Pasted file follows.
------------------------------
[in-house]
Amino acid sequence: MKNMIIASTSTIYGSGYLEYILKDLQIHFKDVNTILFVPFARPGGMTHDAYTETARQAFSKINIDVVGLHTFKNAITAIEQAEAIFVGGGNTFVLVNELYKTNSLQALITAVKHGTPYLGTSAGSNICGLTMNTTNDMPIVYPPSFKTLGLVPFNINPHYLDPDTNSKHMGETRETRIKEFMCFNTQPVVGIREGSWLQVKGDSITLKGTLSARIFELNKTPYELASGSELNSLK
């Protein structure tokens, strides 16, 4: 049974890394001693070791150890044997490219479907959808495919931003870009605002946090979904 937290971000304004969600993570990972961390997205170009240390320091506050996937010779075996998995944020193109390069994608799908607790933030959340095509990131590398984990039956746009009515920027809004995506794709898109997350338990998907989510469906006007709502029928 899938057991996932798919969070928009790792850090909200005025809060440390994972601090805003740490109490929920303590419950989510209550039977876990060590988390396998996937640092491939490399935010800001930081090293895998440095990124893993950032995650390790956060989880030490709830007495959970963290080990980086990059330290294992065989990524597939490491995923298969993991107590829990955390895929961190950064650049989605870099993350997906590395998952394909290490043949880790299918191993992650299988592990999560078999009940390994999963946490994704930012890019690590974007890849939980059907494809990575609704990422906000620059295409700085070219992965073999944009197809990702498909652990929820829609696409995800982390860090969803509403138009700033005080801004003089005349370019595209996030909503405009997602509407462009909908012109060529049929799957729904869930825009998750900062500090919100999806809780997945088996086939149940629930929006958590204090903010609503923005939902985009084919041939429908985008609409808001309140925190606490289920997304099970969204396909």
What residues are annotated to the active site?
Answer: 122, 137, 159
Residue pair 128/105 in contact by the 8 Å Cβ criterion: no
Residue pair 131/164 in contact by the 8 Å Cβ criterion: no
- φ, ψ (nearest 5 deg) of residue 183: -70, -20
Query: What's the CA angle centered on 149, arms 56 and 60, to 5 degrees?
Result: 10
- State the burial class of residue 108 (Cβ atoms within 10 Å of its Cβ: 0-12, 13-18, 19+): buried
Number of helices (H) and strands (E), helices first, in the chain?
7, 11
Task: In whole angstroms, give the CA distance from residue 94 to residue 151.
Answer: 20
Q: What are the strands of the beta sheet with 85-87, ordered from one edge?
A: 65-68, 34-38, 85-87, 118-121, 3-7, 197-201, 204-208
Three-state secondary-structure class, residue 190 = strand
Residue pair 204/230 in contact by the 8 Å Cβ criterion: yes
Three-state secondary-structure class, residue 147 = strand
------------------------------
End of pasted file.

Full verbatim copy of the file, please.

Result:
[in-house]
Amino acid sequence: MKNMIIASTSTIYGSGYLEYILKDLQIHFKDVNTILFVPFARPGGMTHDAYTETARQAFSKINIDVVGLHTFKNAITAIEQAEAIFVGGGNTFVLVNELYKTNSLQALITAVKHGTPYLGTSAGSNICGLTMNTTNDMPIVYPPSFKTLGLVPFNINPHYLDPDTNSKHMGETRETRIKEFMCFNTQPVVGIREGSWLQVKGDSITLKGTLSARIFELNKTPYELASGSELNSLK
């Protein structure tokens, strides 16, 4: 049974890394001693070791150890044997490219479907959808495919931003870009605002946090979904 937290971000304004969600993570990972961390997205170009240390320091506050996937010779075996998995944020193109390069994608799908607790933030959340095509990131590398984990039956746009009515920027809004995506794709898109997350338990998907989510469906006007709502029928 899938057991996932798919969070928009790792850090909200005025809060440390994972601090805003740490109490929920303590419950989510209550039977876990060590988390396998996937640092491939490399935010800001930081090293895998440095990124893993950032995650390790956060989880030490709830007495959970963290080990980086990059330290294992065989990524597939490491995923298969993991107590829990955390895929961190950064650049989605870099993350997906590395998952394909290490043949880790299918191993992650299988592990999560078999009940390994999963946490994704930012890019690590974007890849939980059907494809990575609704990422906000620059295409700085070219992965073999944009197809990702498909652990929820829609696409995800982390860090969803509403138009700033005080801004003089005349370019595209996030909503405009997602509407462009909908012109060529049929799957729904869930825009998750900062500090919100999806809780997945088996086939149940629930929006958590204090903010609503923005939902985009084919041939429908985008609409808001309140925190606490289920997304099970969204396909």
What residues are annotated to the active site?
Answer: 122, 137, 159
Residue pair 128/105 in contact by the 8 Å Cβ criterion: no
Residue pair 131/164 in contact by the 8 Å Cβ criterion: no
- φ, ψ (nearest 5 deg) of residue 183: -70, -20
Query: What's the CA angle centered on 149, arms 56 and 60, to 5 degrees?
Result: 10
- State the burial class of residue 108 (Cβ atoms within 10 Å of its Cβ: 0-12, 13-18, 19+): buried
Number of helices (H) and strands (E), helices first, in the chain?
7, 11
Task: In whole angstroms, give the CA distance from residue 94 to residue 151.
Answer: 20
Q: What are the strands of the beta sheet with 85-87, ordered from one edge?
A: 65-68, 34-38, 85-87, 118-121, 3-7, 197-201, 204-208
Three-state secondary-structure class, residue 190 = strand
Residue pair 204/230 in contact by the 8 Å Cβ criterion: yes
Three-state secondary-structure class, residue 147 = strand